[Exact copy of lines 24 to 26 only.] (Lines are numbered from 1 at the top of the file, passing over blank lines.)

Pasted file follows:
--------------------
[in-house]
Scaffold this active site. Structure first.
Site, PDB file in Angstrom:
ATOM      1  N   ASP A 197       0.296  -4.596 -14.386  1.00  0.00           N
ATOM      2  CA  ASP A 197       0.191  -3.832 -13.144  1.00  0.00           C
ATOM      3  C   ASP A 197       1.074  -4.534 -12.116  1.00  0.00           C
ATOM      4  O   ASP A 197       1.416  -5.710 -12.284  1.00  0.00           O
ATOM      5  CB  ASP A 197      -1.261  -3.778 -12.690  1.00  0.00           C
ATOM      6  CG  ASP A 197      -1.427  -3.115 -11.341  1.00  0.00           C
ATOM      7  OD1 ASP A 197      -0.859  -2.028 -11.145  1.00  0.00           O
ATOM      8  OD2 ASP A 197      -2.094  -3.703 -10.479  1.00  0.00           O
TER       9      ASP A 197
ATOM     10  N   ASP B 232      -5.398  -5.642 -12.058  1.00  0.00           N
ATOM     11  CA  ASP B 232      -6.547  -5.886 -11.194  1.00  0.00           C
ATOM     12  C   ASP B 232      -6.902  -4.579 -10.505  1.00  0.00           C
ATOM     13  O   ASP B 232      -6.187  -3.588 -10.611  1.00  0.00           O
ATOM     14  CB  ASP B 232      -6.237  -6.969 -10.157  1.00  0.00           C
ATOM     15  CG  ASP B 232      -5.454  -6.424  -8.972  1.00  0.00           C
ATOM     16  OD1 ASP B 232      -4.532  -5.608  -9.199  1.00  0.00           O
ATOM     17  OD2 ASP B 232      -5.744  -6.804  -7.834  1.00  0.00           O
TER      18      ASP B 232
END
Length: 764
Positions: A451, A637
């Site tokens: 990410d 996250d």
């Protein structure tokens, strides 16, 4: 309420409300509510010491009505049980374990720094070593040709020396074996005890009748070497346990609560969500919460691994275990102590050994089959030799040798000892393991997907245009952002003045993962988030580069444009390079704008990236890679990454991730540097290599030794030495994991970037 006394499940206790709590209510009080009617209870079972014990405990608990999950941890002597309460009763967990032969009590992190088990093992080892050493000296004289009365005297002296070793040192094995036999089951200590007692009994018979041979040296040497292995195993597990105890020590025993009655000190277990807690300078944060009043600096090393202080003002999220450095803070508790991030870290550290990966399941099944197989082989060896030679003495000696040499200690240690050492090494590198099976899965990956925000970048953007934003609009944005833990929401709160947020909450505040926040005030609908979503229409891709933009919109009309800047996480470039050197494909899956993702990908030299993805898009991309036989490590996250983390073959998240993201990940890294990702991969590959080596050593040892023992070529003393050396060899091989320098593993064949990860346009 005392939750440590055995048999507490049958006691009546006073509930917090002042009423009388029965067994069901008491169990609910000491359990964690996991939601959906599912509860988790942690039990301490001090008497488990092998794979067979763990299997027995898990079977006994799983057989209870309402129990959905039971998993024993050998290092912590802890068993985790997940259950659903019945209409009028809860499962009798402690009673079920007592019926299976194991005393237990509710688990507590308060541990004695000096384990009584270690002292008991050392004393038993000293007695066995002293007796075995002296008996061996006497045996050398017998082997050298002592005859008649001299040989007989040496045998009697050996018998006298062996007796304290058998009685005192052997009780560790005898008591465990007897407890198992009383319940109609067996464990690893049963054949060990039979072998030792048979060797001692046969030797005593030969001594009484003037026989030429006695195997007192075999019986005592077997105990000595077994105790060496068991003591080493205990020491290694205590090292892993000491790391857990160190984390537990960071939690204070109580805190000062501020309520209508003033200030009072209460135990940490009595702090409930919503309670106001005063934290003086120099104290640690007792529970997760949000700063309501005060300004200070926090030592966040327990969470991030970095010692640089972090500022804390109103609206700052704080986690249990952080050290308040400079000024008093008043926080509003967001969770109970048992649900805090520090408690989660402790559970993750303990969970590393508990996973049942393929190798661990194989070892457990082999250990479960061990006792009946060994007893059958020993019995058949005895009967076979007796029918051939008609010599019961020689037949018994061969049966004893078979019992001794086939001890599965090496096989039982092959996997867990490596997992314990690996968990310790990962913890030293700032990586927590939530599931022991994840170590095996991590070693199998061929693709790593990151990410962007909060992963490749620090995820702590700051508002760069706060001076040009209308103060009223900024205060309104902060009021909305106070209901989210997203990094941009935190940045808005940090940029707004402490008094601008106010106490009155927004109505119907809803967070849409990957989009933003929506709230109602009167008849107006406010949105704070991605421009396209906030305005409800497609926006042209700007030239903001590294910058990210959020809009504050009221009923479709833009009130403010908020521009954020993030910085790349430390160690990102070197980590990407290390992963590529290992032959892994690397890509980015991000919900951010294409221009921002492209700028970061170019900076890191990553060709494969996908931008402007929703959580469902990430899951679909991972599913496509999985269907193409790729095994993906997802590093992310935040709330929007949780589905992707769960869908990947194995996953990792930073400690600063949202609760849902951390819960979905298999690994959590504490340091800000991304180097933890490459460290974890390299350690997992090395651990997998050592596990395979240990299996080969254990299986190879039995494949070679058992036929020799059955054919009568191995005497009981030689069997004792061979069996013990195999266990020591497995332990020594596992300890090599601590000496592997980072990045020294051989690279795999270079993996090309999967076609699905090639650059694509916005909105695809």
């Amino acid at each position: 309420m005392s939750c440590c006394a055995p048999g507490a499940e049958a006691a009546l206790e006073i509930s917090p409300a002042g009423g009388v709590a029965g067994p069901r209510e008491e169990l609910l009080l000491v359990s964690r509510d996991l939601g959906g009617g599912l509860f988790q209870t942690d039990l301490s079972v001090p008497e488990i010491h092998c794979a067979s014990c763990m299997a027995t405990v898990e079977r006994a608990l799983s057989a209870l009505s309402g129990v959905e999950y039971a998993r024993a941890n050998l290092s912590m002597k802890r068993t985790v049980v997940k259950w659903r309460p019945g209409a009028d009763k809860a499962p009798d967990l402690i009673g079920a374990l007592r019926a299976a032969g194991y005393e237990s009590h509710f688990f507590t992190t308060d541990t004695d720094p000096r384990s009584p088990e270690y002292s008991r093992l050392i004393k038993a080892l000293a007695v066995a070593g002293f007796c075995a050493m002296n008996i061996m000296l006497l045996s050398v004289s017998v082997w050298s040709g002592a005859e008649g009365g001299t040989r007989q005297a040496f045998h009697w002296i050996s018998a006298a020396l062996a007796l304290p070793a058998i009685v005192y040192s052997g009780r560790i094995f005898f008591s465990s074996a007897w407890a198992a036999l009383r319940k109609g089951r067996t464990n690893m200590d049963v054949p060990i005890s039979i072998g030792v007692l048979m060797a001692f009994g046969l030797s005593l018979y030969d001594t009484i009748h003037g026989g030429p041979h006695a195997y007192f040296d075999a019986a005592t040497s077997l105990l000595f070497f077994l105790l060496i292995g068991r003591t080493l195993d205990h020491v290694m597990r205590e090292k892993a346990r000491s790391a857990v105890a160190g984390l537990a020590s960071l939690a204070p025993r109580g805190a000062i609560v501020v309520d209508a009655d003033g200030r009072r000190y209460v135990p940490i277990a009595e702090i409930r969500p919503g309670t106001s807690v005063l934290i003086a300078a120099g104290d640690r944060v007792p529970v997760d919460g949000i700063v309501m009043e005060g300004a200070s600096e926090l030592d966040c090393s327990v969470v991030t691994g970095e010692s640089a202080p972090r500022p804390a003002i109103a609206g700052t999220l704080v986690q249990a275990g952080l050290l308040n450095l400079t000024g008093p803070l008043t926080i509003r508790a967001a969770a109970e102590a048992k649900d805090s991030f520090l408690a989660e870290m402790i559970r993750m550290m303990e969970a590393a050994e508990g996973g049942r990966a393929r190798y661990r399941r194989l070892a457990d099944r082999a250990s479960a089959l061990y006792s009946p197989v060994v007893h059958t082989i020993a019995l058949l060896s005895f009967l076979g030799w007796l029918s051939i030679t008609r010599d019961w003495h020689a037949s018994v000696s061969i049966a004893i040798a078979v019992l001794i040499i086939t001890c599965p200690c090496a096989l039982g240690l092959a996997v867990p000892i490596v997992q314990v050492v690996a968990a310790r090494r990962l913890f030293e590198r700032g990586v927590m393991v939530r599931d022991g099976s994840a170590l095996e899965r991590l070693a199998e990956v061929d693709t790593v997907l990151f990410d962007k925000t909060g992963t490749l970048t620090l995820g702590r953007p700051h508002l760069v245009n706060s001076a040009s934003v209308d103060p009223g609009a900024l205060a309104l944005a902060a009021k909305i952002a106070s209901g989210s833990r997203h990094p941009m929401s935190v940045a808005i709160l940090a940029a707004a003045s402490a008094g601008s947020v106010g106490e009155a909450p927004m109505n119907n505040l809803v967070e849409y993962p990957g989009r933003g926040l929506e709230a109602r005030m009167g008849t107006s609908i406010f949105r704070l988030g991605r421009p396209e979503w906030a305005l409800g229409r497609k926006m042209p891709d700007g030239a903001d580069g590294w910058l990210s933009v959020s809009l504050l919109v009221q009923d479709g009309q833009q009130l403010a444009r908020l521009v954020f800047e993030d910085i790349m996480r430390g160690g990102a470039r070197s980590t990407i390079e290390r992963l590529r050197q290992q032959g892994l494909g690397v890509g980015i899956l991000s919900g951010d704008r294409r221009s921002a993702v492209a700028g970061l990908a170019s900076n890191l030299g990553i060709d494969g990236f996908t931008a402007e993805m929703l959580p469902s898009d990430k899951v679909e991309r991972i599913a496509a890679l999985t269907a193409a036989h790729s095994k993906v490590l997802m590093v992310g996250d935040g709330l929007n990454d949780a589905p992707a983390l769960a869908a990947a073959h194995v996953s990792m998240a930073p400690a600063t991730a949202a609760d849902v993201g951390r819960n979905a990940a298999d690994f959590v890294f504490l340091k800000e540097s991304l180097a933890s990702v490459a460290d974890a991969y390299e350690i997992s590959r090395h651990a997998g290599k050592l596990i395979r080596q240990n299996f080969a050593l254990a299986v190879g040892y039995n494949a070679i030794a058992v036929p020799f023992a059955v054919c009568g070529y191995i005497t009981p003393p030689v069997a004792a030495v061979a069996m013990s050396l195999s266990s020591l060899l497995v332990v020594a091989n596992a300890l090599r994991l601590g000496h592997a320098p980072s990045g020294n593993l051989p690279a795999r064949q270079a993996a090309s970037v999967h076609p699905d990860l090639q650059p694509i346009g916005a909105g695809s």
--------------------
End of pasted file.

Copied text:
Positions: A451, A637
């Site tokens: 990410d 996250d």
């Protein structure tokens, strides 16, 4: 309420409300509510010491009505049980374990720094070593040709020396074996005890009748070497346990609560969500919460691994275990102590050994089959030799040798000892393991997907245009952002003045993962988030580069444009390079704008990236890679990454991730540097290599030794030495994991970037 006394499940206790709590209510009080009617209870079972014990405990608990999950941890002597309460009763967990032969009590992190088990093992080892050493000296004289009365005297002296070793040192094995036999089951200590007692009994018979041979040296040497292995195993597990105890020590025993009655000190277990807690300078944060009043600096090393202080003002999220450095803070508790991030870290550290990966399941099944197989082989060896030679003495000696040499200690240690050492090494590198099976899965990956925000970048953007934003609009944005833990929401709160947020909450505040926040005030609908979503229409891709933009919109009309800047996480470039050197494909899956993702990908030299993805898009991309036989490590996250983390073959998240993201990940890294990702991969590959080596050593040892023992070529003393050396060899091989320098593993064949990860346009 005392939750440590055995048999507490049958006691009546006073509930917090002042009423009388029965067994069901008491169990609910000491359990964690996991939601959906599912509860988790942690039990301490001090008497488990092998794979067979763990299997027995898990079977006994799983057989209870309402129990959905039971998993024993050998290092912590802890068993985790997940259950659903019945209409009028809860499962009798402690009673079920007592019926299976194991005393237990509710688990507590308060541990004695000096384990009584270690002292008991050392004393038993000293007695066995002293007796075995002296008996061996006497045996050398017998082997050298002592005859008649001299040989007989040496045998009697050996018998006298062996007796304290058998009685005192052997009780560790005898008591465990007897407890198992009383319940109609067996464990690893049963054949060990039979072998030792048979060797001692046969030797005593030969001594009484003037026989030429006695195997007192075999019986005592077997105990000595077994105790060496068991003591080493205990020491290694205590090292892993000491790391857990160190984390537990960071939690204070109580805190000062501020309520209508003033200030009072209460135990940490009595702090409930919503309670106001005063934290003086120099104290640690007792529970997760949000700063309501005060300004200070926090030592966040327990969470991030970095010692640089972090500022804390109103609206700052704080986690249990952080050290308040400079000024008093008043926080509003967001969770109970048992649900805090520090408690989660402790559970993750303990969970590393508990996973049942393929190798661990194989070892457990082999250990479960061990006792009946060994007893059958020993019995058949005895009967076979007796029918051939008609010599019961020689037949018994061969049966004893078979019992001794086939001890599965090496096989039982092959996997867990490596997992314990690996968990310790990962913890030293700032990586927590939530599931022991994840170590095996991590070693199998061929693709790593990151990410962007909060992963490749620090995820702590700051508002760069706060001076040009209308103060009223900024205060309104902060009021909305106070209901989210997203990094941009935190940045808005940090940029707004402490008094601008106010106490009155927004109505119907809803967070849409990957989009933003929506709230109602009167008849107006406010949105704070991605421009396209906030305005409800497609926006042209700007030239903001590294910058990210959020809009504050009221009923479709833009009130403010908020521009954020993030910085790349430390160690990102070197980590990407290390992963590529290992032959892994690397890509980015991000919900951010294409221009921002492209700028970061170019900076890191990553060709494969996908931008402007929703959580469902990430899951679909991972599913496509999985269907193409790729095994993906997802590093992310935040709330929007949780589905992707769960869908990947194995996953990792930073400690600063949202609760849902951390819960979905298999690994959590504490340091800000991304180097933890490459460290974890390299350690997992090395651990997998050592596990395979240990299996080969254990299986190879039995494949070679058992036929020799059955054919009568191995005497009981030689069997004792061979069996013990195999266990020591497995332990020594596992300890090599601590000496592997980072990045020294051989690279795999270079993996090309999967076609699905090639650059694509916005909105695809």